Nurses from the Department of Specialty Nursing at the Singapore General Hospital, a member of the SingHealth group, share what you need to do before you travel if you have diabetes.
When you have diabetes, and especially when you are on insulin therapy, travelling can be challenging and stressful. Travelling can disrupt your daily routine when there are changes in time zones, food choices as well as your usual physical activity.
"Despite the challenges, diabetes should not stop you from travelling. It’s best to prepare well and in advance of your trip so that you can keep well during your time away from home," say nurses from the
Department of Specialty Nursing at the
Singapore General Hospital (SGH), a member of the
Pre-departure planning tips
Pre-departure planning is essential to ensure that you are fit and adequately prepared for travelling.
1. Consult the doctor managing your diabetes before you travel
An early visit to your doctor before you travel can help you get the medical advice, medication and travel memos you need for a more pleasant vacation. Let your doctor know if you are planning any special activities and whether it is safe to do so, and clarify any questions you may have on how to optimally manage your glucose levels during these activities.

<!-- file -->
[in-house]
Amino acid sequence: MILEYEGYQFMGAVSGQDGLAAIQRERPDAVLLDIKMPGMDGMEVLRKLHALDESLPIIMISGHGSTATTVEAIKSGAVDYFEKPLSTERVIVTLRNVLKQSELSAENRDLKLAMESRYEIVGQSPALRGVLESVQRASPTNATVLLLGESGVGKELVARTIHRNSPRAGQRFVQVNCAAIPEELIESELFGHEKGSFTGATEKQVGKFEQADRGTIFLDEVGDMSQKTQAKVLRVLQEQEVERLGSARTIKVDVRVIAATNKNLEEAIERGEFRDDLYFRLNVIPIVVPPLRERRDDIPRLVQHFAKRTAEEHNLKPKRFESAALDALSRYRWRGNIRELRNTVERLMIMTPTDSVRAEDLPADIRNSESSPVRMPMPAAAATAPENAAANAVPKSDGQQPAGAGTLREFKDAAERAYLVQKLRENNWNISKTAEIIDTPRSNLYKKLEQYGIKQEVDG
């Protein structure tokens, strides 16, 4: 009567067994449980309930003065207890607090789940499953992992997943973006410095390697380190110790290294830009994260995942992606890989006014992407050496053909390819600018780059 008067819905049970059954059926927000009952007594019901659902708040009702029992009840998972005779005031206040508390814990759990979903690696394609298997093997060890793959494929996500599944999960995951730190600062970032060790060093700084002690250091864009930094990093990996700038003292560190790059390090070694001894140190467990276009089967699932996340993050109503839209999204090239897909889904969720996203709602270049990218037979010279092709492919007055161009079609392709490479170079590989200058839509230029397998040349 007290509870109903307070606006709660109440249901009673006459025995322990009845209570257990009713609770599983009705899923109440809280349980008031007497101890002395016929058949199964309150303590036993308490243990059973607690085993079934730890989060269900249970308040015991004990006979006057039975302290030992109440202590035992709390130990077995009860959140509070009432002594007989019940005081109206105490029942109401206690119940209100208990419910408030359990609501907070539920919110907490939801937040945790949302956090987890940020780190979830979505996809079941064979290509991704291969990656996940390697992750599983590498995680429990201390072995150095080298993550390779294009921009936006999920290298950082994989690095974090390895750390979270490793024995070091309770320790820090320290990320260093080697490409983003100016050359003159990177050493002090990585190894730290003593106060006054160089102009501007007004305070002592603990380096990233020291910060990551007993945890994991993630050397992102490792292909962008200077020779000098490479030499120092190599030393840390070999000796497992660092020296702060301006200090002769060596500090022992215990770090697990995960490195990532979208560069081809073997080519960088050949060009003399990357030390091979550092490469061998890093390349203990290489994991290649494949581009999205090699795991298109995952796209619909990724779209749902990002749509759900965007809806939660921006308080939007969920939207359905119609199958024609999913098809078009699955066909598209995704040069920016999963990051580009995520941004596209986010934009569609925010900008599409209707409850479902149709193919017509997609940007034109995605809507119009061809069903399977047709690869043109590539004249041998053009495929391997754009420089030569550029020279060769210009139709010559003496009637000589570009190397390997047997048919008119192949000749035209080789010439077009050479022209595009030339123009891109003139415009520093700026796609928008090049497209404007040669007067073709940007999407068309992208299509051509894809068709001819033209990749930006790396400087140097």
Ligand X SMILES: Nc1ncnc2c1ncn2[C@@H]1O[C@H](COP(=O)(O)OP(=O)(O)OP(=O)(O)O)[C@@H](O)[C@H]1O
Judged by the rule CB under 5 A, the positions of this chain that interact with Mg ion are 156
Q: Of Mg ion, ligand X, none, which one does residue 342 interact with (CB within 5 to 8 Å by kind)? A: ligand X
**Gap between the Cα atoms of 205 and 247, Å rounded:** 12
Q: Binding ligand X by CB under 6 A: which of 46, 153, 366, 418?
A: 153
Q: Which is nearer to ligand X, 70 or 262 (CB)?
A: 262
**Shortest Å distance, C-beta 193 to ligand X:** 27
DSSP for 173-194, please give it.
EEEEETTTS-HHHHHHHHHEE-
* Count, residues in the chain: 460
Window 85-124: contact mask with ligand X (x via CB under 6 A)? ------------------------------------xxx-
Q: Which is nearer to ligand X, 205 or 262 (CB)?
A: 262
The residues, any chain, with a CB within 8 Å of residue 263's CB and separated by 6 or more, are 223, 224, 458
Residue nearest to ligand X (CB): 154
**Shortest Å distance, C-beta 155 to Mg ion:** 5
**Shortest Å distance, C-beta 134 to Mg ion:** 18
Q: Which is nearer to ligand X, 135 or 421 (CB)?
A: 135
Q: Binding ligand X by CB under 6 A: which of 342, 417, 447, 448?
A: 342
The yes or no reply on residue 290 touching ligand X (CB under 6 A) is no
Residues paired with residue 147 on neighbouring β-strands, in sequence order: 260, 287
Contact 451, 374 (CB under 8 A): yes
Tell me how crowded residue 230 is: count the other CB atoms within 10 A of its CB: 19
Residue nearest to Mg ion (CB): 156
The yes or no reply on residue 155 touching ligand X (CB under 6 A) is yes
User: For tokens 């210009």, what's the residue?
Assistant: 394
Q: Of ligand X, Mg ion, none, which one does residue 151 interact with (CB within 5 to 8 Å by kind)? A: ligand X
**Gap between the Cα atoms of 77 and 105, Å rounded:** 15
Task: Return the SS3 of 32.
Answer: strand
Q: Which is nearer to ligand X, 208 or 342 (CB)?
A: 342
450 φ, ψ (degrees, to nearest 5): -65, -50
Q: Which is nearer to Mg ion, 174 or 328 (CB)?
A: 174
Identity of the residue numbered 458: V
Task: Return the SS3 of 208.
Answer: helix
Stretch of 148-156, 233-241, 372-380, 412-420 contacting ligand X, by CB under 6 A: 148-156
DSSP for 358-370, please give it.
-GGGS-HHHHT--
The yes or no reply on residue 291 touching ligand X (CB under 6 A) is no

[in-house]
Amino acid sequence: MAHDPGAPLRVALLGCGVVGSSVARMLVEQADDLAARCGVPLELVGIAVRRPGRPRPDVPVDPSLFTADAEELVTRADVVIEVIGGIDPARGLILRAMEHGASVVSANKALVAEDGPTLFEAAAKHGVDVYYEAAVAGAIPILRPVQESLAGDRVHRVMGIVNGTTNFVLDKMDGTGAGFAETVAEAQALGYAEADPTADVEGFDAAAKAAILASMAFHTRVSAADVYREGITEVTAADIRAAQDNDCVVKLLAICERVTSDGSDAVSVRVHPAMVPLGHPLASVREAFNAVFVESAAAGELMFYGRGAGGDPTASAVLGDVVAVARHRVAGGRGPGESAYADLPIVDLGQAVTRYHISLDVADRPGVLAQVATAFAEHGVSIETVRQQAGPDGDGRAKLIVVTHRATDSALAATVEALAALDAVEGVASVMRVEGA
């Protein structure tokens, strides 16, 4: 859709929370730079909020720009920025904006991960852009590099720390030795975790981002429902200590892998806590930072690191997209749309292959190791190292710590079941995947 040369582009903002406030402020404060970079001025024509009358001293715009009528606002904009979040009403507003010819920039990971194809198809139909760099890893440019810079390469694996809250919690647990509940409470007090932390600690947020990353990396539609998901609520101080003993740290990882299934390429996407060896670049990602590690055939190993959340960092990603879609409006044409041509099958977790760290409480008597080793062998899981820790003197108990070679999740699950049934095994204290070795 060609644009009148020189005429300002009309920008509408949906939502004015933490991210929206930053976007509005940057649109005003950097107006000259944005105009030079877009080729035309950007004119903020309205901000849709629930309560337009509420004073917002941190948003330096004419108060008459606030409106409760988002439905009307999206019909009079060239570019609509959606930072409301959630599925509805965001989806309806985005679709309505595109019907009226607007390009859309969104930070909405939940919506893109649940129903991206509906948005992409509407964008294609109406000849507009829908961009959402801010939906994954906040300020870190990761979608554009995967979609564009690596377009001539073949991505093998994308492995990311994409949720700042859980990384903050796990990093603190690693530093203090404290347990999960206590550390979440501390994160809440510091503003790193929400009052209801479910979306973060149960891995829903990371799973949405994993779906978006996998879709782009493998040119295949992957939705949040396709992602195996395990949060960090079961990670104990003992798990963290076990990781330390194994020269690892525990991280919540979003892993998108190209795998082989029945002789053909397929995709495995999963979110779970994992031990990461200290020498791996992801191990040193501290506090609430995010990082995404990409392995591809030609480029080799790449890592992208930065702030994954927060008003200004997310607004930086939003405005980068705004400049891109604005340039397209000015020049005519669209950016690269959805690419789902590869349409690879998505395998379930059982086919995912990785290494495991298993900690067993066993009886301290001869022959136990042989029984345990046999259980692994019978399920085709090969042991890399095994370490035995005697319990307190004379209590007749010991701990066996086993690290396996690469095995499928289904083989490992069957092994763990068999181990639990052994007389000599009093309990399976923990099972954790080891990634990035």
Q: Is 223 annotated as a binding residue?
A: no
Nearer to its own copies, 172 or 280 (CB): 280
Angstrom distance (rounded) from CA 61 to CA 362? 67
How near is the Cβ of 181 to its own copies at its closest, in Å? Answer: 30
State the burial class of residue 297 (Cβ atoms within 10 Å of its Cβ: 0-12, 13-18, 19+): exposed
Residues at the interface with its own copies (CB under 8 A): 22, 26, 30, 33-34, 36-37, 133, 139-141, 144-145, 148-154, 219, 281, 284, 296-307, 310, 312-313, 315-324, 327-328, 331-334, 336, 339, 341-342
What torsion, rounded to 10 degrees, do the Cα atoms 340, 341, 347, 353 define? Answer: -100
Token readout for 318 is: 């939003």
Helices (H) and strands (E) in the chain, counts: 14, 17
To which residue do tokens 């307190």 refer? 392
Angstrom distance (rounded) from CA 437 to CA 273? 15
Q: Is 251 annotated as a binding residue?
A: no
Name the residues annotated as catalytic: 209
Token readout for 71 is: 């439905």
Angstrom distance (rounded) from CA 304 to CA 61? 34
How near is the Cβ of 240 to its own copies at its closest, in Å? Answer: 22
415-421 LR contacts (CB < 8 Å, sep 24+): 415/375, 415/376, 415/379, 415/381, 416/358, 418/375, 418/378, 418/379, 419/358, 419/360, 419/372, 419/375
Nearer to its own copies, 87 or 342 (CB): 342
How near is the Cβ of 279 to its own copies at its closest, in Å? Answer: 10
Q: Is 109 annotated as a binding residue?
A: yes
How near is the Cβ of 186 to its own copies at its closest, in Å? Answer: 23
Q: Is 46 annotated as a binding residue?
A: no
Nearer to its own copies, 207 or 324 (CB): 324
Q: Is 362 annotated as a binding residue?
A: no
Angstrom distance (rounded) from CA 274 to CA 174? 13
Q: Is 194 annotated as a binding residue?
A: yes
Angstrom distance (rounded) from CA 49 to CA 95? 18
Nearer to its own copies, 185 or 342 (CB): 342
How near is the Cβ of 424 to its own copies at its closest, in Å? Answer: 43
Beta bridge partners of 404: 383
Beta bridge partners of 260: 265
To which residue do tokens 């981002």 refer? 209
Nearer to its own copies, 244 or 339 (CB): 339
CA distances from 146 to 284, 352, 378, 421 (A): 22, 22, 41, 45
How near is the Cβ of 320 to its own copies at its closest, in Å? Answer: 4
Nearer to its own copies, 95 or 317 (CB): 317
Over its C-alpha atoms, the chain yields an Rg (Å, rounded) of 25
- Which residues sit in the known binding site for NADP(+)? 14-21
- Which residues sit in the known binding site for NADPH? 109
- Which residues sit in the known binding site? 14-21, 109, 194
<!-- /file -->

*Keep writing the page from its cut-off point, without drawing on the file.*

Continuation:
Ensure the following:
Your blood glucose levels are under control
You have extra supplies of medications and consumables in case your insulin pen is broken or in case the insulin becomes unusable due to extreme temperatures
2. Get a travel memo from your doctor
A travel memo is a letter from your doctor that says:
You have diabetes, and
You must hand-carry medications such as insulin and medical supplies such as syringes, insulin pens, glucometer, and other consumables onboard to manage your diabetes
3. Check time zone and weather differences, nearest hospital and insurance
Changing time zones can affect the timing for administering insulin, especially basal insulin. Remember to set an alarm so that basal insulin is administered on time. If you are uncertain about insulin timing changes, ask your doctor before you leave
Weather differences can affect the storage of your insulin and glucometer
Check out the locations of hospitals nearby
Ensure that your travel or medical insurance covers diabetes-related emergencies
See next page for an
essential diabetes packing checklist.